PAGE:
Janet Yellen, Federal Reserve Chair, and Christine Lagarde, managing director or the International Monetary Fund, have also been making statements about the issue of how to fix our current economic problems (News Report; Video). There is the additional rather bizarre point that back in January, Lagarde used numerology to suggest that a major change in policy might be announced in 2014 (on July 20?), with the hope that the past “seven miserable years” can be followed by “seven strong years.” The IMF has talked in the past about using its special drawing rights (SDRs) as a sort of international currency. In this role, the SDRs could act as the world’s reserve currency, be used for issuing bonds, and be used for setting the prices of commodities such as gold and oil. Perhaps a variation on SDRs is what Lagarde has in mind.

So with this background, let’s get back to the main point of the post. How is this debt crisis, and the likely outcome, different from previous crises?

1. We live in a globalized economy. Any slip-up of a major economy would very much affect all of the other major economies.

Banks hold bonds of governments other than their own. If a major government fails to make good on its promises, it can affect other governments as well. Smaller countries, like Greece or Cyprus, can be bailed out or their problems worked around. But if the United States, or even Japan, should run into major difficulties, it would affect the world as a whole. See my post, Twelve Reasons Why Globalization is a Huge Problem.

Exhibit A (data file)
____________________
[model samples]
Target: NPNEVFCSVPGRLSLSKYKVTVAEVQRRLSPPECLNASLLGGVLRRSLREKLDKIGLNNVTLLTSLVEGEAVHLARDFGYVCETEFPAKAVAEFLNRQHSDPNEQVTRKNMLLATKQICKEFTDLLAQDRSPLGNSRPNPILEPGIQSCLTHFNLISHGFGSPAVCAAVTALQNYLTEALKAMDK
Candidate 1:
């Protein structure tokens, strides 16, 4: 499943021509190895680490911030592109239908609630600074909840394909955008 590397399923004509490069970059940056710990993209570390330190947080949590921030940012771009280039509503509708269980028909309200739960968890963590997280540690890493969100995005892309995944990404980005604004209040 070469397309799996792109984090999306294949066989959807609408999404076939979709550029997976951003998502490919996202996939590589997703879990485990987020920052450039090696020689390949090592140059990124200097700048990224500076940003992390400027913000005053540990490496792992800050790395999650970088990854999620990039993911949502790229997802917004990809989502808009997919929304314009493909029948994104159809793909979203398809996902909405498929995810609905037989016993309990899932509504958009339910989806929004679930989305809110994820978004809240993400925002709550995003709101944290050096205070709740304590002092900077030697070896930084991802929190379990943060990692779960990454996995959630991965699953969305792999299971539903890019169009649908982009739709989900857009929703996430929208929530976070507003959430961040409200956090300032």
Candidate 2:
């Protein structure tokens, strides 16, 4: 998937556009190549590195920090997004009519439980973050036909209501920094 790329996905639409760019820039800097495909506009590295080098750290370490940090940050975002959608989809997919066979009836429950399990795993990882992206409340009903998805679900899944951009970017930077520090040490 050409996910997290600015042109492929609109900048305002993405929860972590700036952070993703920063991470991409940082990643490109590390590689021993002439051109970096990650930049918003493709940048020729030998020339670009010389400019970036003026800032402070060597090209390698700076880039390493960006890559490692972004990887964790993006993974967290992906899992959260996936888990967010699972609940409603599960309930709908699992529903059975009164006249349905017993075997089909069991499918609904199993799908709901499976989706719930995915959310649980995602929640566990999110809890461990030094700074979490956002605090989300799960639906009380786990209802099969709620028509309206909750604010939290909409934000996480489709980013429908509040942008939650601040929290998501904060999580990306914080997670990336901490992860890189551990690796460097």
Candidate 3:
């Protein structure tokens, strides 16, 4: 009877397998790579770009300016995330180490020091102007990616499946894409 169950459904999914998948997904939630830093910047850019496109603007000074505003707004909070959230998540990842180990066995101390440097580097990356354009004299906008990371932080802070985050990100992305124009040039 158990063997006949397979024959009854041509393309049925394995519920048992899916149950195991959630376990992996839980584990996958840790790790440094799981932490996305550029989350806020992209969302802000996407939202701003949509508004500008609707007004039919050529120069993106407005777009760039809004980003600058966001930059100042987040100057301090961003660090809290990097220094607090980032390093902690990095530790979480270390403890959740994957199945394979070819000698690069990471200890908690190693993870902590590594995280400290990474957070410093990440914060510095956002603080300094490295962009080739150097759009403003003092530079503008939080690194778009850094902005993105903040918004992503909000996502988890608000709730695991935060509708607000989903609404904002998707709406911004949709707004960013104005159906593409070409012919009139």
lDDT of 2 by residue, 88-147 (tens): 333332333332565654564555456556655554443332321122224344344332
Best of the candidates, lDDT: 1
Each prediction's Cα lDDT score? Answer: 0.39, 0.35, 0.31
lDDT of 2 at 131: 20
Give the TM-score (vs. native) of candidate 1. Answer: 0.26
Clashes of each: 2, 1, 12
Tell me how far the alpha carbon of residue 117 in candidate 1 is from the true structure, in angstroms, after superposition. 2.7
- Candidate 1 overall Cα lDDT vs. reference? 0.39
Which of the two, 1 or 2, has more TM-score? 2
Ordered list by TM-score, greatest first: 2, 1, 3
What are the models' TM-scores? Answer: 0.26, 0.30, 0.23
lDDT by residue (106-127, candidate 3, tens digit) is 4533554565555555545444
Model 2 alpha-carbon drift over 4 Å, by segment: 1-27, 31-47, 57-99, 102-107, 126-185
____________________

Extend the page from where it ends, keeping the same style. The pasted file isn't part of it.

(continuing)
2. Our problem now is not simply governmental debt; it is debt of many different types, affecting individuals and businesses of all kinds, as well as governments.

In the studies of historical debt by Reinhart and Rogoff, the focus is on governmental debt. Now there is much more debt, some through banks, some through bonds, and some through less traditional sources. There are also derivatives that are in some ways like debt. In particular, if there are sharp moves in interest rates, it is possible that some issuers of derivatives will find themselves in financial difficulty.

There are also promises that are in many ways like debt, but that technically aren’t guaranteed, because legislatures can change the promised benefits whenever they choose. Examples of these are our current Social Security program and Medicare benefits. Citizens depend on these programs, even if there is no promise that they will continue to exist in their current form. With all of these kinds of debt and quasi-debt, we have a much more complex situation than in the past.

3. Our economy is a self-organized system that has properties of its own, quite apart from the properties of the individual consumers, businesses, governments, and resources that make up the system. Circumstances now are such that the world economy could fail, even though this could not happen in the past.